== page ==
Votes making Colorado and Washington the first U.S. states to legalize marijuana for recreational use could be short-lived victories for pot backers because the federal government will fight them, two former U.S. drug control officials said on Wednesday.They said the federal government could sue to block parts of the measures or send threatening letters to marijuana shops, followed up by street-level clampdowns similar to those targeting medical marijuana dispensaries the government suspects are fronts for drug traffickers. The U.S. Department of Justice, which considers marijuana an illegal drug liable to being abused, said enforcement of the federal Controlled Substances Act “remains unchanged.”
A U.S. lawsuit has been filed against Hyundai Motor Co. and affiliate Kia Motors Corp., seeking $775 million in damages in one of the biggest known actions against the automakers since they admitted overstating the fuel economy of some their vehicles. The South Korea carmakers conceded on Friday that they had overstated the fuel efficiency ratings on more than 1 million recently sold vehicles in the United States and Canada, and agreed to compensate owners for the additional fuel costs. The lawsuit, which seeks class-action status, was filed in the U.S. District Court for Central California on behalf of 23 Hyundai and Kia car owners and challenges the automakers’ compensation plan. Under the plan, customers will receive a debit card that will reimburse them for the difference in fuel economy, and an extra 15 percent to the amount will be added to acknowledge the inconvenience.
Illinois’s attorney general won a circuit-court ruling to proceed with a lawsuit against Standard & Poor’s Ratings Services alleging that the firm misled investors during the financial crisis. The state’s top prosecutor has accused S&P of seeking to boost its profits and cater to its banker clients by assigning its highest ratings to mortgage-backed securities that later imploded. The ruling, delivered Wednesday by Cook County Circuit Court Judge Mary Anne Mason, is “very significant—it’s the first hurdle you need to get over,” Illinois Attorney General Lisa Madigan said. “What it really says is that S&P isn’t going to be able to legally maneuver their way out of the fact that they committed fraud.”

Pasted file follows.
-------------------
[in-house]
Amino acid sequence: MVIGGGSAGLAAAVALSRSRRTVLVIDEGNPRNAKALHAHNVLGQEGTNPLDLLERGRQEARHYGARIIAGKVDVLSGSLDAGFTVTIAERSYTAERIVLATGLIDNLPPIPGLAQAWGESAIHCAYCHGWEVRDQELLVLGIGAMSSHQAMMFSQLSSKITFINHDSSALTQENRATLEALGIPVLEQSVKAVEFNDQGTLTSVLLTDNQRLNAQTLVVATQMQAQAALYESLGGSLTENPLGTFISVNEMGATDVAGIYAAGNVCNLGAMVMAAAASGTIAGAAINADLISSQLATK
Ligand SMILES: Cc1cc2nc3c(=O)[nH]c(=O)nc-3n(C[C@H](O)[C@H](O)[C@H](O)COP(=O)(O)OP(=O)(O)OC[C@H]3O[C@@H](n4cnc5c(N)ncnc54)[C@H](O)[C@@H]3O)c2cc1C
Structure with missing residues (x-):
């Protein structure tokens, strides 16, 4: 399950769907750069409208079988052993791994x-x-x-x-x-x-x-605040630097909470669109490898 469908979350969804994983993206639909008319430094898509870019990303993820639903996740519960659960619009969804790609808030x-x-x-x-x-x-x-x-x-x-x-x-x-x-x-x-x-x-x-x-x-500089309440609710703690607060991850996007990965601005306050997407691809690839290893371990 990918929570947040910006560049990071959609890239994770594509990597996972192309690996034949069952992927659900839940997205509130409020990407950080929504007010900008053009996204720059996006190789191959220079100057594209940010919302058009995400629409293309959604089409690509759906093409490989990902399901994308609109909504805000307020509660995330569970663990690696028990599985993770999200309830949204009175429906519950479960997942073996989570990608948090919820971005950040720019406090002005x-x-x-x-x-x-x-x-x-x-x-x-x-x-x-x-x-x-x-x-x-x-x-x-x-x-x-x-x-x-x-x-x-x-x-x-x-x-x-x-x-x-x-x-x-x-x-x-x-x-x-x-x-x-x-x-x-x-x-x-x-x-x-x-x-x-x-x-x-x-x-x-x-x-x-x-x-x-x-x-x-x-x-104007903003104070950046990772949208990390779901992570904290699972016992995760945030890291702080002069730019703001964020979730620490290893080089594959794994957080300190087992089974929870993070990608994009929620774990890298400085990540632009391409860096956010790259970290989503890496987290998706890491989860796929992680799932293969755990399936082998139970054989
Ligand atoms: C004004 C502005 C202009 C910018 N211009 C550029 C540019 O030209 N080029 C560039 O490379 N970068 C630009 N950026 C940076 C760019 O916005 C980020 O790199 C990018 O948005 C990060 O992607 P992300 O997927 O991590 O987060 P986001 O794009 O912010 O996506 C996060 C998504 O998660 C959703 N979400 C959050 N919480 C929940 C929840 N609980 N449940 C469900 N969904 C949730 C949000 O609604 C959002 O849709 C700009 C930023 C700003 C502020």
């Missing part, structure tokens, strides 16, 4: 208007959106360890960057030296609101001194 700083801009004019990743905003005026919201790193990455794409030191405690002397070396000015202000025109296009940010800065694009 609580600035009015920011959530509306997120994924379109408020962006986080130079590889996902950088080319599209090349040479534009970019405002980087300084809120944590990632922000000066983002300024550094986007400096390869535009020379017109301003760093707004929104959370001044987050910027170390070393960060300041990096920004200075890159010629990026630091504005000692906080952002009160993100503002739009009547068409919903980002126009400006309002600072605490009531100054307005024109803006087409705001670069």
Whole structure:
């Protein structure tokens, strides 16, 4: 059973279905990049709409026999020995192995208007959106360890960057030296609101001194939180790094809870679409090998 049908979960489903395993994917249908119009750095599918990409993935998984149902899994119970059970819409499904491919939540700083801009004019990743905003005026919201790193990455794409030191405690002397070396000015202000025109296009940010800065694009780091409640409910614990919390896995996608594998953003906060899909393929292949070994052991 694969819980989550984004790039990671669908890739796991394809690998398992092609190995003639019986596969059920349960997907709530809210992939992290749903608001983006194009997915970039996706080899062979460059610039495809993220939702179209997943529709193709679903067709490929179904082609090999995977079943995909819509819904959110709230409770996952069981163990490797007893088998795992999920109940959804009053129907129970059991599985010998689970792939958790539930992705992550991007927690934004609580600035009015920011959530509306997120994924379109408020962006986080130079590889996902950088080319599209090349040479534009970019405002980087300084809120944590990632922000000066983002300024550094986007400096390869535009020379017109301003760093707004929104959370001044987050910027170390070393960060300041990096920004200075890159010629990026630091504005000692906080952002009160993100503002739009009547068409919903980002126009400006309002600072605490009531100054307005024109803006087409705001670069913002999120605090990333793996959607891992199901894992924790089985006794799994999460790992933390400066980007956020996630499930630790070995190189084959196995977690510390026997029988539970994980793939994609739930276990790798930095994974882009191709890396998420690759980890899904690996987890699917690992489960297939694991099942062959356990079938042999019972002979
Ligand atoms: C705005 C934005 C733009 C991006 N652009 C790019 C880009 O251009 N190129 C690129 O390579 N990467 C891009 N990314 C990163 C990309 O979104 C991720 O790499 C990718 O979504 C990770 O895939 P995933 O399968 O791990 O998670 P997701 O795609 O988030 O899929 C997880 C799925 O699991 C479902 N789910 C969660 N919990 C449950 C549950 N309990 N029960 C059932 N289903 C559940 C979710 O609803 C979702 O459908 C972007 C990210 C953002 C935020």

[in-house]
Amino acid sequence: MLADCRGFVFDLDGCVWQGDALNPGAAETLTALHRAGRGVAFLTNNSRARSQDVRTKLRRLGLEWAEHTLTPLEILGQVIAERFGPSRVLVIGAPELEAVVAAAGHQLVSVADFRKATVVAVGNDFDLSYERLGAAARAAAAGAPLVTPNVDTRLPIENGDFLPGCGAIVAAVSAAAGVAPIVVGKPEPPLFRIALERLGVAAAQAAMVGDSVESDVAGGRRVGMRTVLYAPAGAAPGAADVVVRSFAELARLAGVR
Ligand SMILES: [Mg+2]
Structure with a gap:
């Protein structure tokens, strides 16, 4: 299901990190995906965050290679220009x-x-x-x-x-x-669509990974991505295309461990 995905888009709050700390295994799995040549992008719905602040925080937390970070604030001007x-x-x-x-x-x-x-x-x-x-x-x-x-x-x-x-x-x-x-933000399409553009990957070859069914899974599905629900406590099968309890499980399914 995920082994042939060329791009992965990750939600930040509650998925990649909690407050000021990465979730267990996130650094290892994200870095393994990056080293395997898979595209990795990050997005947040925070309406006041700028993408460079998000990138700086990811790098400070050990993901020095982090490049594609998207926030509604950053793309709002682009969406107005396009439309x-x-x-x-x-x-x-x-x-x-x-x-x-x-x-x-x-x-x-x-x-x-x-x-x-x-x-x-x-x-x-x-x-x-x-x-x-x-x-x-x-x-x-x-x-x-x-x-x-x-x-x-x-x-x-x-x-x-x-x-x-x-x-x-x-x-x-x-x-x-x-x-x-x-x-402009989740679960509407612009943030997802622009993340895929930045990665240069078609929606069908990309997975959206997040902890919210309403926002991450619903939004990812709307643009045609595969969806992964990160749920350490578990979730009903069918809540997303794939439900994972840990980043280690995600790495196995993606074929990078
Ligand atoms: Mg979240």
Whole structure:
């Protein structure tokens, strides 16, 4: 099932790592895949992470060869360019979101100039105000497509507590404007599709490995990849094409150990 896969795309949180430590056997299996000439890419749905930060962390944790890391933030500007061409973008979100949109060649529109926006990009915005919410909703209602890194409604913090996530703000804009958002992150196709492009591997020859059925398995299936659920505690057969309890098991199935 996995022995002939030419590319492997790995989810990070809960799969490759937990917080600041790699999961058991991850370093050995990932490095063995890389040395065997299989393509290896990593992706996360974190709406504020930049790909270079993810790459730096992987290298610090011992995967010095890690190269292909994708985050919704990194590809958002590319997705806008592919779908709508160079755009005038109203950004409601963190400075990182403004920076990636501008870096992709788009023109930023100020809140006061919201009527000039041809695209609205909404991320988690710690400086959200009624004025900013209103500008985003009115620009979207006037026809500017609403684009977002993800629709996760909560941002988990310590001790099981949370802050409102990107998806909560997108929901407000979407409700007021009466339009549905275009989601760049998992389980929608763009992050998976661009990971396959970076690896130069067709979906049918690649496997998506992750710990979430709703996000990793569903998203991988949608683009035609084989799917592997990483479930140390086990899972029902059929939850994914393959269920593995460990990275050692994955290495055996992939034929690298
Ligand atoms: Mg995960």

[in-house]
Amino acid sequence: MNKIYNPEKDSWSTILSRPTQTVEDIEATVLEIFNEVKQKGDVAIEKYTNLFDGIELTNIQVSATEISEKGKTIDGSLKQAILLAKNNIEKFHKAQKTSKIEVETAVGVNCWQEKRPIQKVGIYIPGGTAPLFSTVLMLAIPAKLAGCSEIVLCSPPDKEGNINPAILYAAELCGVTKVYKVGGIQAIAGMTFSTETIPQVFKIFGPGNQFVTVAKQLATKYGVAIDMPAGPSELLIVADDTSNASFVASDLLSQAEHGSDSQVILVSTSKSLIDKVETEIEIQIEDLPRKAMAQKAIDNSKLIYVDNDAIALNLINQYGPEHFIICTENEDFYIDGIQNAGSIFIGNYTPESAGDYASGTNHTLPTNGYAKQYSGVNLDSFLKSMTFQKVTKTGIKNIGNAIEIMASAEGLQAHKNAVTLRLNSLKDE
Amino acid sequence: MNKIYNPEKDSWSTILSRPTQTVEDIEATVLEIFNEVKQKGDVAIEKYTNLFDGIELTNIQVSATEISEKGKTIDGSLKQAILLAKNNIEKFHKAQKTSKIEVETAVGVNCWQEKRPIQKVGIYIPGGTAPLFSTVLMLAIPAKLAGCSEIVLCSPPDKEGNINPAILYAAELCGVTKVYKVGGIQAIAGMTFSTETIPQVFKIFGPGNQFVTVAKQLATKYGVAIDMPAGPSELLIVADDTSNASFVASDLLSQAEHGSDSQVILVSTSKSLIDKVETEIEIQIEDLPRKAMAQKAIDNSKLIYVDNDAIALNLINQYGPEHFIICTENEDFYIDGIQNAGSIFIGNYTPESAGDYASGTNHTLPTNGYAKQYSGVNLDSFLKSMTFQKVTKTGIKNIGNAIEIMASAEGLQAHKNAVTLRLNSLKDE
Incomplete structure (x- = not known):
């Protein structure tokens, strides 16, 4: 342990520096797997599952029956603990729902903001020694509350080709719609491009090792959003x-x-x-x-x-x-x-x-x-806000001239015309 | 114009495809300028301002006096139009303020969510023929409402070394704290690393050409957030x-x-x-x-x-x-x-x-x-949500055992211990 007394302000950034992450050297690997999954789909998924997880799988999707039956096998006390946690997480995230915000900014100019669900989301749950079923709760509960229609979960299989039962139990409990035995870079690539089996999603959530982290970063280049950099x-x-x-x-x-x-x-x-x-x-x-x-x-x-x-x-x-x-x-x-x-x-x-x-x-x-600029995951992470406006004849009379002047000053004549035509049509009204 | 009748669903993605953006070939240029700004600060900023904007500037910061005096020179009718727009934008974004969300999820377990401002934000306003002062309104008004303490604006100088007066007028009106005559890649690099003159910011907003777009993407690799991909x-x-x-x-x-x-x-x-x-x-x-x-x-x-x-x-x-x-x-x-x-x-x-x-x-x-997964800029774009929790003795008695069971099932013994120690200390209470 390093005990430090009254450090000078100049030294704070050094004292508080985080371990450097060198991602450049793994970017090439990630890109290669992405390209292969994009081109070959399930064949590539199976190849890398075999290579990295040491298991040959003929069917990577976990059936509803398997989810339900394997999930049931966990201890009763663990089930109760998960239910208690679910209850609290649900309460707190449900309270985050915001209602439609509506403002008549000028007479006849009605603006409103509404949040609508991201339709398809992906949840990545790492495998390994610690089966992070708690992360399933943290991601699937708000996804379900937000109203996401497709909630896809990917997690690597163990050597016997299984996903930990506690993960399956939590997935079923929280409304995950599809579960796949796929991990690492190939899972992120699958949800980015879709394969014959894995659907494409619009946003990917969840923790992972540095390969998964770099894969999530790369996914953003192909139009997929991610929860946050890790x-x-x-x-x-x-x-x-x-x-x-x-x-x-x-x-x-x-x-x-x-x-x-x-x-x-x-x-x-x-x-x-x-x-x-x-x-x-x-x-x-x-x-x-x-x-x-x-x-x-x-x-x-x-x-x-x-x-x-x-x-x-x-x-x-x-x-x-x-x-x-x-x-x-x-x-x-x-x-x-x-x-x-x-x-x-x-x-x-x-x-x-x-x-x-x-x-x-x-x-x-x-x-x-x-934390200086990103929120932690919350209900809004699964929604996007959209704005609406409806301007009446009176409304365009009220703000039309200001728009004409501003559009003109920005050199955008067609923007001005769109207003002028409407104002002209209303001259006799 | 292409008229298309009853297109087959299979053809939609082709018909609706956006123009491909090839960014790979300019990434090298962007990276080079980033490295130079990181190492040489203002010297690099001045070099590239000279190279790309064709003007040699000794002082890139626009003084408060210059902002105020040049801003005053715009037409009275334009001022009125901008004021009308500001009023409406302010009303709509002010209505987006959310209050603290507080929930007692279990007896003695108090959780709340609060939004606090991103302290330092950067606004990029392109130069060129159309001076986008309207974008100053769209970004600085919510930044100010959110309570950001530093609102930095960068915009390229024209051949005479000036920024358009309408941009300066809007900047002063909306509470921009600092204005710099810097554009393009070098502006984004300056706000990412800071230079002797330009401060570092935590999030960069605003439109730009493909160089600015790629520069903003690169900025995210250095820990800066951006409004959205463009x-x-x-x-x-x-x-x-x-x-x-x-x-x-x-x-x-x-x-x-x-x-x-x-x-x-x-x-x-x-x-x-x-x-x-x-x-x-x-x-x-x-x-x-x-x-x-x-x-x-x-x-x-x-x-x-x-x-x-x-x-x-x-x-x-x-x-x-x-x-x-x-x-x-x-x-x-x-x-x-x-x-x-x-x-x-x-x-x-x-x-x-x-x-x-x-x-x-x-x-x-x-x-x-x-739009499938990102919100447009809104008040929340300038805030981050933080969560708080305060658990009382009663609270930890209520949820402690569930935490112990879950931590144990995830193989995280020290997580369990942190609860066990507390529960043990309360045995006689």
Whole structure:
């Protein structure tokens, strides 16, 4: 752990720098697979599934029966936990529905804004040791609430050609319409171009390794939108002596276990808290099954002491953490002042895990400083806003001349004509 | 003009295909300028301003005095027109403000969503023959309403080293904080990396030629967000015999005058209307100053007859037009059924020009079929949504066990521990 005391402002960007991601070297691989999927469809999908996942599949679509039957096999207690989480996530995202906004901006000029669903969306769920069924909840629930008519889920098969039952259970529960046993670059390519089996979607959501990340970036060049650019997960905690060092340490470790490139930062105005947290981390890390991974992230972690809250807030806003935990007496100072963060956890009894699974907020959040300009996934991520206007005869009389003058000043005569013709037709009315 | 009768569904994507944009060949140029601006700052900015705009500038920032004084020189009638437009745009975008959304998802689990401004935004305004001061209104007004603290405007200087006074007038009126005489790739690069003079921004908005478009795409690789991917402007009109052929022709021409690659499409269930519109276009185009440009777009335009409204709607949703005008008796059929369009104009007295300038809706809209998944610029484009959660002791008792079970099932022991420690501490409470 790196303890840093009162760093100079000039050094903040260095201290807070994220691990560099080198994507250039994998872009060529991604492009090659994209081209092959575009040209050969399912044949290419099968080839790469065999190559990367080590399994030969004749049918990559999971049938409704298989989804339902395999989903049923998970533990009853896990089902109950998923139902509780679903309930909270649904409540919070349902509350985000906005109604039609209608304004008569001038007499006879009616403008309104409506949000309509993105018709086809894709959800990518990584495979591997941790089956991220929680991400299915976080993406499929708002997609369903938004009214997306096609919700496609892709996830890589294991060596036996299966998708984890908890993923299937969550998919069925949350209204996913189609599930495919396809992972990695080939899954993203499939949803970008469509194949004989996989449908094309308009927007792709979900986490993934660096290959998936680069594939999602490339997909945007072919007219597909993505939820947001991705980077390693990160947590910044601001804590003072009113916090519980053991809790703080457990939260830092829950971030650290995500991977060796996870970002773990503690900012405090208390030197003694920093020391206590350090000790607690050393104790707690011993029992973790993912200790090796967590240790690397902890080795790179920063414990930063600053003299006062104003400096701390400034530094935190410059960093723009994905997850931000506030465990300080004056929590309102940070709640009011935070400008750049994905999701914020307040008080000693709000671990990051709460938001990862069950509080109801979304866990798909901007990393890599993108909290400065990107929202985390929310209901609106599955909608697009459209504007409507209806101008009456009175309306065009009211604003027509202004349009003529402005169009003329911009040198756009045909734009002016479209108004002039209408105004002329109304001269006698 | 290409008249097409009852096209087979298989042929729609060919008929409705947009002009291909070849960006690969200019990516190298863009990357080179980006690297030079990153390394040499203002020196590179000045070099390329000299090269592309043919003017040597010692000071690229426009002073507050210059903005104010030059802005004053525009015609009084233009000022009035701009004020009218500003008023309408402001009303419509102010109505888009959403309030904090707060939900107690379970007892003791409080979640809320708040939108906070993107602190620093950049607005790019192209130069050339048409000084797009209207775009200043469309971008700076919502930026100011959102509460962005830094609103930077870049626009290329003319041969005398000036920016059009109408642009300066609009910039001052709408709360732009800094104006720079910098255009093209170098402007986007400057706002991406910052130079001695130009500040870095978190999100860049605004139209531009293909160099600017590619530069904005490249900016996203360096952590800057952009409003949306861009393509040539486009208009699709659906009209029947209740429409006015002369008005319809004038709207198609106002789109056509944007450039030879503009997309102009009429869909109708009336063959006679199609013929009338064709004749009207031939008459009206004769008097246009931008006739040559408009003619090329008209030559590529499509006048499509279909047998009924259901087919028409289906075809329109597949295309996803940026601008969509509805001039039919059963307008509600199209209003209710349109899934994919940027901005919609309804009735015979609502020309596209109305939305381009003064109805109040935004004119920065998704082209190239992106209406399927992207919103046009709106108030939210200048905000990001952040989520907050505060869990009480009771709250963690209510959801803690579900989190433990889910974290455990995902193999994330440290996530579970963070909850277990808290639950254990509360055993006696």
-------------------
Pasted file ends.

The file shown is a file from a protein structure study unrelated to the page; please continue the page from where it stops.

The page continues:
The man who pleaded guilty in the Arizona shooting rampage will be sentenced Thursday for the attack that left six people dead and wounded former U.S. Rep. Gabrielle Giffords and 12 others, CBS news reports. The sentencing hearing will mark the first time that victims will confront Jared Lee Loughner in court about the January 2011 shooting at a Giffords political event outside a grocery store in Tucson, Ariz. Prosecutors say an unspecified number of victims will comment before U.S. District Judge Larry Burns sentences Loughner, though it’s unknown whether Giffords or her husband plan to attend or have a statement read on their behalf. Three shooting victims have told The Associated Press that they intend to comment at the hearing.
An Egyptian-American man behind the inflammatory film “Innocence of Muslims” on Wednesday was sentenced to one year in federal prison after admitting to violating the terms of his probation from a 2010 bank fraud case, CNN reports. Mark Basseley Youssef also was ordered to serve four years of supervised release after his prison term. The sentencing by Judge Christina Snyder came in a Los Angeles federal court after a hearing Wednesday in which Youssef admitted using an alias, which prosecutors said violated his probation.